New York City, once the epicenter of the COVID-19 pandemic in the United States, is bouncing back. Broadway is reopening its doors, international tourists are arriving, and workers are returning to jobs. But not all the way. According to the New York City Recovery Index, the city is still just about 80 percent “back.” Hotels are still running deficits, office vacancies are at a 30-year high, and small businesses — hundreds of which closed in 2020 and 2021 — are facing long roads to recovery. What’s slowing Gotham down? According to critics, the pandemic laid bare the city’s systemic inequalities. COVID-19 infection and death rates were highest in working-class, non-white neighborhoods. Not only did private, for-profit banking aggravate those inequalities, but during the pandemic, JP Morgan Chase also extracted $1 billion in overdraft fees from working-class New Yorkers, according to research from the New Economy Project, a nonprofit organizing around issues of equity and racial justice. “As New Yorkers struggled, banks smuggled massive sums in predatory fees out of hard hit communities of color,” said Andy Morrison, an associate director at the organization.
“A public bank would be a catalyst for the type of economic development that we frankly see too little of in New York City and cities around the country.” — Andy MorrisonMeanwhile, those same commercial banks — which by city law must handle the nearly $100 billion in public funds that flow through New York’s public coffers in the form of sales and property taxes, revenue bonds, and federal stimulus cash — pay only “modest” interest rates for holding all that public money, Morrison argued in an analysis published by the New School’s Center for New York City Affairs. Unequal access to resources like capital has long been a problem for working-class and minority communities. White households average nearly eight times the net worth of Black households, and banking practices are one reason why, a Brookings Institution analysis found. According to critics like Morrison, this hard reality and New York’s slow recovery all create momentum for New York City to finally set up an alternative to private banks.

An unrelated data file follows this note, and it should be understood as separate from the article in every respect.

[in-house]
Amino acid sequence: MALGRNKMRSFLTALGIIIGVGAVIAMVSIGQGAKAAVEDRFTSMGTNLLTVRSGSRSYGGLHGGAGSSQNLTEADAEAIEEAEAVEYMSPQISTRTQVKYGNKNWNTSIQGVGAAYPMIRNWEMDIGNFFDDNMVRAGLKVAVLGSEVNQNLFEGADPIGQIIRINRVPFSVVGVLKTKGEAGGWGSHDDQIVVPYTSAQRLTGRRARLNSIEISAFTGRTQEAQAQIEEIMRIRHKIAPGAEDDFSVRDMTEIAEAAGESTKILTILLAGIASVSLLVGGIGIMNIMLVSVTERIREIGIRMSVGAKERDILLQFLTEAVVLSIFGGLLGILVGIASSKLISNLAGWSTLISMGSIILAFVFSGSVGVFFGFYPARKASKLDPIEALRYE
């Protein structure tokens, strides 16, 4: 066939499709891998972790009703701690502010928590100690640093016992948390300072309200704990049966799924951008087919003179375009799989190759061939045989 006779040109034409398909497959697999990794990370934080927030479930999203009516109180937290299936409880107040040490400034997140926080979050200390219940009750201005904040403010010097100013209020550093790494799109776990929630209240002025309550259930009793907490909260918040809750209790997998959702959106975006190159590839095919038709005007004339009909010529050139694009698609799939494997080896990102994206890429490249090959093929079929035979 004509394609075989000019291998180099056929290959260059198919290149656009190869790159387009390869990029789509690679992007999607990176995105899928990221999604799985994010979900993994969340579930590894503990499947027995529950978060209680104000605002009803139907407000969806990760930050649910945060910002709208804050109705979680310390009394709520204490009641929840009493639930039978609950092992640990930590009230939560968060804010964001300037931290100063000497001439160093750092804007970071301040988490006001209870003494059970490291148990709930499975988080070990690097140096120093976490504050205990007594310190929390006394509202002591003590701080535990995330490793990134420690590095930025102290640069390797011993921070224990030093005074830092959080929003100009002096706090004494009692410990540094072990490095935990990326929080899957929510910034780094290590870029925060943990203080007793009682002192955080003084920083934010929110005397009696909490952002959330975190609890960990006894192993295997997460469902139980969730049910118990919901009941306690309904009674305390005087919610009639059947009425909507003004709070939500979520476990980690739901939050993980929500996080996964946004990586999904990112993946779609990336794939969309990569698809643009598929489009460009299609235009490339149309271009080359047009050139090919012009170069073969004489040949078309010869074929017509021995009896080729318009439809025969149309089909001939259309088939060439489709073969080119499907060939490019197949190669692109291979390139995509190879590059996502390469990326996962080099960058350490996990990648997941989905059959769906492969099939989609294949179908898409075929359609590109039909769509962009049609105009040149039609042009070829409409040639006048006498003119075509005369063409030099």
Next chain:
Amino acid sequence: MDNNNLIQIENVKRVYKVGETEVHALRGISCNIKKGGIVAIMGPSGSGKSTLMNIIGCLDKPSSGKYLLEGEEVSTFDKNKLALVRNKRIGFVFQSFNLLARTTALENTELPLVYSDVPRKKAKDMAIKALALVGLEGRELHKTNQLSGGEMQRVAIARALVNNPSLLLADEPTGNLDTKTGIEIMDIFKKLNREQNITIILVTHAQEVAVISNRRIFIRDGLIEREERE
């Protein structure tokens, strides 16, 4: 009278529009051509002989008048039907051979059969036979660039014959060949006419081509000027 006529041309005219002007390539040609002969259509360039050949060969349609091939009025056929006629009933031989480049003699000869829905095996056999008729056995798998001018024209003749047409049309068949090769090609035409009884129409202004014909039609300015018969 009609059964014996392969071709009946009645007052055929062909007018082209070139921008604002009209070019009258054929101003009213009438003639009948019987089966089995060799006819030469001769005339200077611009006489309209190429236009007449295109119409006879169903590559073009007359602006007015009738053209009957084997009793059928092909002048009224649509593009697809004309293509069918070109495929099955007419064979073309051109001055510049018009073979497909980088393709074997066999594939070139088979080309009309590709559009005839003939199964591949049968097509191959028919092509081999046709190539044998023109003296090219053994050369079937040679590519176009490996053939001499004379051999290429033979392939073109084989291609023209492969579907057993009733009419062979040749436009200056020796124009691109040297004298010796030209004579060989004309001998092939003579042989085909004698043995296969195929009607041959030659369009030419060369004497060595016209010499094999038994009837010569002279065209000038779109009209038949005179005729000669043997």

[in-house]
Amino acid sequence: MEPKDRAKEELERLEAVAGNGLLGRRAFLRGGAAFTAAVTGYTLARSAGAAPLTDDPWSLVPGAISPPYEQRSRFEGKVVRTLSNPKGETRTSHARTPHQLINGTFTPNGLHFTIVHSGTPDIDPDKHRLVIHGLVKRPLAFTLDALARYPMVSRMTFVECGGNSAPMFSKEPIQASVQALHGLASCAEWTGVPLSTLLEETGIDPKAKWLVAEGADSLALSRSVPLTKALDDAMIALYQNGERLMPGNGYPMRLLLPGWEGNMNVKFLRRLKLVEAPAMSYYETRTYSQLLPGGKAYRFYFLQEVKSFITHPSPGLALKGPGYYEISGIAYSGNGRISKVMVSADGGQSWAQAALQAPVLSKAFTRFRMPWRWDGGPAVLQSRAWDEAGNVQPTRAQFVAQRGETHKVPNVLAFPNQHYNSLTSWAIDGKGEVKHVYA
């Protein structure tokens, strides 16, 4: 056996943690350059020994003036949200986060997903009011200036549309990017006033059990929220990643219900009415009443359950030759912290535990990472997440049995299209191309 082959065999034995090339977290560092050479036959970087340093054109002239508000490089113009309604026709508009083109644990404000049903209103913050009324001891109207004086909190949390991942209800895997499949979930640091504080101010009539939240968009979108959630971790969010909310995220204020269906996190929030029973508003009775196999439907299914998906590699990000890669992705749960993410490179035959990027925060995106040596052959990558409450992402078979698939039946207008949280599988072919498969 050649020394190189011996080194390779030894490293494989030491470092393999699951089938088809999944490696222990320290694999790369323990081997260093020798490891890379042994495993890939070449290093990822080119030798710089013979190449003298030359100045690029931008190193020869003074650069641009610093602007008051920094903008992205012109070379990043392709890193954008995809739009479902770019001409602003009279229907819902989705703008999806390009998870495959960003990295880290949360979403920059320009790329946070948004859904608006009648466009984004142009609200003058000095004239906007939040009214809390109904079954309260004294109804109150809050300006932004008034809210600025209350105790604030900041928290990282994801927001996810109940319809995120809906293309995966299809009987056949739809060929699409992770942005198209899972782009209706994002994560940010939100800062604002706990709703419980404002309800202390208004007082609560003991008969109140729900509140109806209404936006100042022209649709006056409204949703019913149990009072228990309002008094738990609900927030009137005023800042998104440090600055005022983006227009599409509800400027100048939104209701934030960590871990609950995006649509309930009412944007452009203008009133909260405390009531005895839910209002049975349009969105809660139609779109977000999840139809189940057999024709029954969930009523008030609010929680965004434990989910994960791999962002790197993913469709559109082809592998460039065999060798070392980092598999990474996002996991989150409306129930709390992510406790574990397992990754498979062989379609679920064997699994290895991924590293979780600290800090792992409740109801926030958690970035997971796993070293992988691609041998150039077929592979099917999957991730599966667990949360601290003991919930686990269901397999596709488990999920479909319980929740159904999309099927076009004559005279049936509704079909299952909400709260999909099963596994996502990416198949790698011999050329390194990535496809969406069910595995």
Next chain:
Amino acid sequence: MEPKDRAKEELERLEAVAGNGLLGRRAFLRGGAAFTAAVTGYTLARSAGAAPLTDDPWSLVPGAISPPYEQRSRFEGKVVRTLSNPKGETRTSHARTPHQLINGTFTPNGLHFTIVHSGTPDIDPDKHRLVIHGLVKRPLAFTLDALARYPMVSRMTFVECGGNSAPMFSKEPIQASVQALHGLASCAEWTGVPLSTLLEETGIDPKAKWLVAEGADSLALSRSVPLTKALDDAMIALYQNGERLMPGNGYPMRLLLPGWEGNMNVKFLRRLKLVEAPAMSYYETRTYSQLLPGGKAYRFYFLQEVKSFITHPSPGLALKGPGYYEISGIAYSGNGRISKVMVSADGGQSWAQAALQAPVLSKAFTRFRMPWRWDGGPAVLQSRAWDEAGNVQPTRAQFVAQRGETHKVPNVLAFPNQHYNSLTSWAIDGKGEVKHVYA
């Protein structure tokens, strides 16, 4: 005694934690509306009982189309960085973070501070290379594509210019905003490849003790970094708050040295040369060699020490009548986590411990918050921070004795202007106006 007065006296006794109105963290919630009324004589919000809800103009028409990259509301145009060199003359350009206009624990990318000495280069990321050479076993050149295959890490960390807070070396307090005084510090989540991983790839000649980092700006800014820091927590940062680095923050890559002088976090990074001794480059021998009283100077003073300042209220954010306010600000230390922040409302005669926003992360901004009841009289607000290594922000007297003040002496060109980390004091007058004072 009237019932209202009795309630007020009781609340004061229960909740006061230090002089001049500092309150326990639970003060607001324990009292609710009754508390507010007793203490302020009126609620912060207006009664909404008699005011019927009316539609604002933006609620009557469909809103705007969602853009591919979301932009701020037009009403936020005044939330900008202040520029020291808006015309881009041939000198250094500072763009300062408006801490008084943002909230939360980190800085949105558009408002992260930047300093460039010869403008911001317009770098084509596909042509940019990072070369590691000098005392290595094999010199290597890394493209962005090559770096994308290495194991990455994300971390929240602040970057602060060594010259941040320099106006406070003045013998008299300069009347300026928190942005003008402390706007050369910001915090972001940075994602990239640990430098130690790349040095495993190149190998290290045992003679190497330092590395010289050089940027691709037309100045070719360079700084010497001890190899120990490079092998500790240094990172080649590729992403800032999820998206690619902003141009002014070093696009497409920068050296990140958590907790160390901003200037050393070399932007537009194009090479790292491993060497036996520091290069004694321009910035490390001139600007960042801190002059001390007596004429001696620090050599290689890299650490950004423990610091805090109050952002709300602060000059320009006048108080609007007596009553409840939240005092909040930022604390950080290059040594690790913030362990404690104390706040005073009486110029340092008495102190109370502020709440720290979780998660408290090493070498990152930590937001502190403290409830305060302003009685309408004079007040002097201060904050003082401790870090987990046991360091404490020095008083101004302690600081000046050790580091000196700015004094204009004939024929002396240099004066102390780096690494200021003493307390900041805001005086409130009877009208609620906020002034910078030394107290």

Savage InequalitiesJPMorgan Chase, with which New York City does most of its banking, is the worst offender but not alone. Banks have charged New York customers more than $1.6 billion in fees since the pandemic began, mainly through overdraft fees but also in ATM fees and monthly “maintenance” fees, as Public Bank NYC, a coalition dedicated to promoting public banking, announced last summer. Before the pandemic hit, more than 25 percent of households across the New York metro area were unbanked or underbanked due to expensive bank fees or inequitable access. Activists assert that public banking would go a long way toward addressing those issues and feel that their time has come.
Public Investment: Filling the VoidThough public banks exist in much of the rest of the world, in the United States, the century-old Bank of North Dakota is the only government-run general bank. That may finally be changing. New state laws in California are allowing advocates in San Francisco and Los Angeles to pursue a public option for banking. In New York, supporters are focused on passing two pieces of legislation. One is the statewide New York Public Banking Act in Albany, which would greatly streamline the process for local governments to set up public banks. The bill is sponsored by state Senator James Sanders (D), chairman of the Committee on Banks, and is currently under consideration by that Committee. In addition to assessing predatory fees, the present private banking system neglects the credit needs of lower-income and minority communities, according to critics. Public banking would solve both problems, they say. “A public bank would be a catalyst for the type of economic development that we frankly see too little of in New York City and cities around the country,” Morrison said. “We want to see bottom-up economic development.” “Bottom-up” economic development would mean funding for worker cooperatives, small businesses, firms owned by immigrants and minorities, as well as lending to underserved neighborhoods neglected by the private banks. It would also mean ready financing for community-based solar energy projects, according to Morrison — who argues that the COVID-19 pandemic reinforced the need for public banking. “This [lack of private investment] has been a problem throughout COVID-19 where small and worker-owned businesses have struggled to get the kind of financial support that they need,” he said. “Particularly, Black-owned, immigrant-owned businesses are already not served by the big banks in challenging times. We think a public bank should be a solution; it would be dedicated to serving small and worker-owned businesses.” Statewide legislation is not the only focus for banking reformers in New York State. They are focused on passing the People’s Bank Act currently before the New York City Council, sponsored by councilmembers Helen Rosenthal and Mark Levine, who have made fighting inequality a centerpiece of their careers.
The People v Wall Street: California’s Public Banking Shake-up